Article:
My Blizzcon 2018 Costume Contest Experience by Miss Ravencrest Cosplay
Due to the nature of going public with my experience, I have omitted one section to protect the friend mentioned in that section. [Editor’s note: This was originally submitted directly to a Blizzard community liaison, but Miss Ravencrest agreed to share this publicly. It has been edited to reflect this.]
It’s been a long time since I’ve been able to consider putting it down in words and sending this out. I worry that my time to get my experience across to hopefully change things has passed. I worry that I will be treated with hostility if I attended and attempted to enter again. However, I have been encouraged to write and send this by friends who had their experiences tarnished as well. It’s not too late. There is still time until the next event, even if I will not be attending. I am not writing this as an essay, but rather a personal experience. I am going to speak with my heart, not with my school words.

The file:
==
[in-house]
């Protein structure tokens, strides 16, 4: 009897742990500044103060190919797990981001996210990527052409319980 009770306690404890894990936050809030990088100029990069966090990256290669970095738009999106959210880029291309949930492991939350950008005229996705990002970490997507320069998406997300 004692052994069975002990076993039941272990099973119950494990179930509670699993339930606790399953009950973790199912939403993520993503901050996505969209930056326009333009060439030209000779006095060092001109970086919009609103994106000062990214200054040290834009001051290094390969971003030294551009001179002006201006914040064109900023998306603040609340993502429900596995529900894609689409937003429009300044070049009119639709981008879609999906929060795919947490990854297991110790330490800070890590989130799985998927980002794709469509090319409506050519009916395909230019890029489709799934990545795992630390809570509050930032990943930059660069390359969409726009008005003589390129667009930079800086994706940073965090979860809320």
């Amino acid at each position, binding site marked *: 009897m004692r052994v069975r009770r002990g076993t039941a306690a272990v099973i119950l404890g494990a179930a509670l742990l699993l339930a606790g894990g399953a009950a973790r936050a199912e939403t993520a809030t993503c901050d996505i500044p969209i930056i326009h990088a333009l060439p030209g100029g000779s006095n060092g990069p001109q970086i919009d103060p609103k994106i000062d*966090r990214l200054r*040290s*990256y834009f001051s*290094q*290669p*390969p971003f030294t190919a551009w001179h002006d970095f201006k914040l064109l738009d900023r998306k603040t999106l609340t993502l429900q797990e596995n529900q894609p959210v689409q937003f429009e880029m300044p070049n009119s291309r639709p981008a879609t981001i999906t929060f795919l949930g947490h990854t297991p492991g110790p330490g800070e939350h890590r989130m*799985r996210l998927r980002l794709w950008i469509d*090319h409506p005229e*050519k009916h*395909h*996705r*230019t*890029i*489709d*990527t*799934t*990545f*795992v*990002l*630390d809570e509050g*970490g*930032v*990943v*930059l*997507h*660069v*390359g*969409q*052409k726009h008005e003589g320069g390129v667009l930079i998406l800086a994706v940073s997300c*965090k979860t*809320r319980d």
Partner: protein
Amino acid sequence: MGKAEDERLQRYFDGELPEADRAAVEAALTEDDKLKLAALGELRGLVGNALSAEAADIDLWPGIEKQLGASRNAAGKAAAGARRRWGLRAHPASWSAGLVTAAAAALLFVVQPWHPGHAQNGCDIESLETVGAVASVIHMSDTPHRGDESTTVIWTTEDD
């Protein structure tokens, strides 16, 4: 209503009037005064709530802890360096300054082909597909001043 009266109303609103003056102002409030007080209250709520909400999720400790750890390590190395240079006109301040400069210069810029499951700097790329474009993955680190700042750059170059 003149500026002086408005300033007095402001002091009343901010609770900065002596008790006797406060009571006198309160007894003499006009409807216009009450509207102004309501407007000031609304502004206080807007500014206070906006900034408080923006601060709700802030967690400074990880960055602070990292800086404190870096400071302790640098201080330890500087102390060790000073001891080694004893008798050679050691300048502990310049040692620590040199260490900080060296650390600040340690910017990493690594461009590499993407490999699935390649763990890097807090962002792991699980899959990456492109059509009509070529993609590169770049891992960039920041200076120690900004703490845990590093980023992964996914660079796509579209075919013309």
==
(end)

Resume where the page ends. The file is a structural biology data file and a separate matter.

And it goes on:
I have been to a total of six Blizzcons now, and unfortunately, 2018 may have caused the end of that. I don’t know if it’s a permanent end or temporary. I have participated in a total of four costume contests now. While I did not expect to win or be recognized, the highlight of my con was walking up on that stage and showing off the hard work of the past year to millions of fans watching. It got my heart racing, an ear to ear smile blooming, and my nerves shattering, but I loved it.
I have seen two contest changes. The change for 2017 was actually very nice. Having us go up and line up in groups, it gave the contestants more time on stage to be seen and to highlight all of the artists of the community more, as opposed to how 2018 felt.